Or, say, you see this:

   NAME x AS y
A reasonable guess would be that it renames a variable, or maybe creates an alias, right? But no - it actually renames a file with a name corresponding to a value in variable x, to a new name corresponding to a value in variable y. And many BASIC dialects will even helpfully stringize it for you, if the variables were, say, integers.


I taught myself HyperTalk with no formal programming training by reading the source code embedded in scripts.


No you are not the only programmer who thinks that languages are going in the wrong direction. For example, the lambda operator of Java 8. All it does is hide the (very useful) name of the method being called. I'm forever having to look up the definition of some arcane single method interface to ascertain the method name so I can have a clue as to what the -> operator is doing/calling. :(


Wait what? In context of the typical usage of lambda expressions, the method name does not matter at all. I mean, what difference does it make to you that if it's a Runnable the method is called run(), if it's a Consumer the method is called accept(), and if it's a Function the method is called apply()?

OTOH the usual, pre-Java-8 way of allocating anonymous subclasses when you mean to pass a function is at best obscuring the meaning of your code...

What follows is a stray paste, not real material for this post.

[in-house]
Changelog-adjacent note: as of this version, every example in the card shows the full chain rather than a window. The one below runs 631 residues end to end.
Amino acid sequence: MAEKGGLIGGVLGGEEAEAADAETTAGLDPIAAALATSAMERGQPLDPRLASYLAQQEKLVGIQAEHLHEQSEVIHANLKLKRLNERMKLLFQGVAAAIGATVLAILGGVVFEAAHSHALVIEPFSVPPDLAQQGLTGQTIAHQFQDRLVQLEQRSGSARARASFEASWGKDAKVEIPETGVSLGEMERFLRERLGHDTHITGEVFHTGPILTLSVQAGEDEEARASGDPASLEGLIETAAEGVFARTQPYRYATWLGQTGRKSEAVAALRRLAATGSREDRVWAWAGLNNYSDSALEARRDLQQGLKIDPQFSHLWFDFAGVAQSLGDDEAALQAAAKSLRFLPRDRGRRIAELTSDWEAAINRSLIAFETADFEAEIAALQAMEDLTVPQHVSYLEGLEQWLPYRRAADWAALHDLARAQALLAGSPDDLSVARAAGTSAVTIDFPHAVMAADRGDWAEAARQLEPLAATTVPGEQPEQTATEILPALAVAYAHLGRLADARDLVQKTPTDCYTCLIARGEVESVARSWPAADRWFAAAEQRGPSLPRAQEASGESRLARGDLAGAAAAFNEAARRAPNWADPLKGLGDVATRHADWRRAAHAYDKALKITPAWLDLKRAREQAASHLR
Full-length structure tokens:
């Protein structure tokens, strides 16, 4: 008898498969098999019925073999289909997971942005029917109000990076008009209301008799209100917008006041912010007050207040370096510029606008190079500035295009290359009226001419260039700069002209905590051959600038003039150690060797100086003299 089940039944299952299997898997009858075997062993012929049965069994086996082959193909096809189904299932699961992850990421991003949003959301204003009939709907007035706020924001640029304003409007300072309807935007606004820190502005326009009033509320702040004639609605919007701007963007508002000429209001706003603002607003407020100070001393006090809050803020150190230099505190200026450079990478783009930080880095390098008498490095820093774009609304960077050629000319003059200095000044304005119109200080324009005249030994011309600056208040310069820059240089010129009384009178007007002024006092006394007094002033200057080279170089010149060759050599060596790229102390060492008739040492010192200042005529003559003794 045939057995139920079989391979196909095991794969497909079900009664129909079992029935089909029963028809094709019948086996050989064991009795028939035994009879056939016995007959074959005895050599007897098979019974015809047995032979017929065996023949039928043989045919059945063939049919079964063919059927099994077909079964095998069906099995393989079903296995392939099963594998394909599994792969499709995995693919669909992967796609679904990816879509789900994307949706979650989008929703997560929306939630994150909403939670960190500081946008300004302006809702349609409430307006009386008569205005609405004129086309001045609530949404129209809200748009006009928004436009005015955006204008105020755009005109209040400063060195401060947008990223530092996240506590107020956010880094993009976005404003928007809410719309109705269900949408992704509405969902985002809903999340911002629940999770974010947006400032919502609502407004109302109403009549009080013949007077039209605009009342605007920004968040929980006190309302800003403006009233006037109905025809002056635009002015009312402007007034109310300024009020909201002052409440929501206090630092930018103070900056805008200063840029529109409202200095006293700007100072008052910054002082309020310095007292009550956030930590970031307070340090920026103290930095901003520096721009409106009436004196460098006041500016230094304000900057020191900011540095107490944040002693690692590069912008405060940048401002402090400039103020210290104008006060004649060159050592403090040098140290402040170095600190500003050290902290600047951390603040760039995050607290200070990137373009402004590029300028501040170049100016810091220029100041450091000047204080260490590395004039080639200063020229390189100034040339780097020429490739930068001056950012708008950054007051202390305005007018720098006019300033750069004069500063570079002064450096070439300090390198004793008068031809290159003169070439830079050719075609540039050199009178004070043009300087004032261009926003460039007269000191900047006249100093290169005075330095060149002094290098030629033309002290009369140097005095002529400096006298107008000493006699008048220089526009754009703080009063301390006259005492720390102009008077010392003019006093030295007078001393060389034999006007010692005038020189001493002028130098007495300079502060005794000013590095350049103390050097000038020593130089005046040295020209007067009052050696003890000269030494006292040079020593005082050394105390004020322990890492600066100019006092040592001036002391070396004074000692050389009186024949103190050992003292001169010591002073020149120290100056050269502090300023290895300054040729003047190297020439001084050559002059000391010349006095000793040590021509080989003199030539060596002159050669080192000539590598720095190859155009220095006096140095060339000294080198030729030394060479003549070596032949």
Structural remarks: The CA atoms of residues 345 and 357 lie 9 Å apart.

We're going to be agreeing to disagree here. I think there are languages that do what you want: Go seems like a good recent example, but in general terms I find keeping the "reading age" of code low to make comprehension in the large more difficult. Why, for instance, do I keep reading a for loop followed by an if followed by a continue when filter/where exists?

Again, this is just a difference in attitude, but I find verbosity in general just cognitive noise that would be better spent with precise, higher-level constructs.


I have to agree with you and couldn't have said it any better. Wholeheartedly agree with the "increasingly terse" comment.


I think you can let your fears go :) See - science is more and more complicated every decade. It's much more difficult to learn math completely today than in middle ages. But we are not buried under all of these new researches.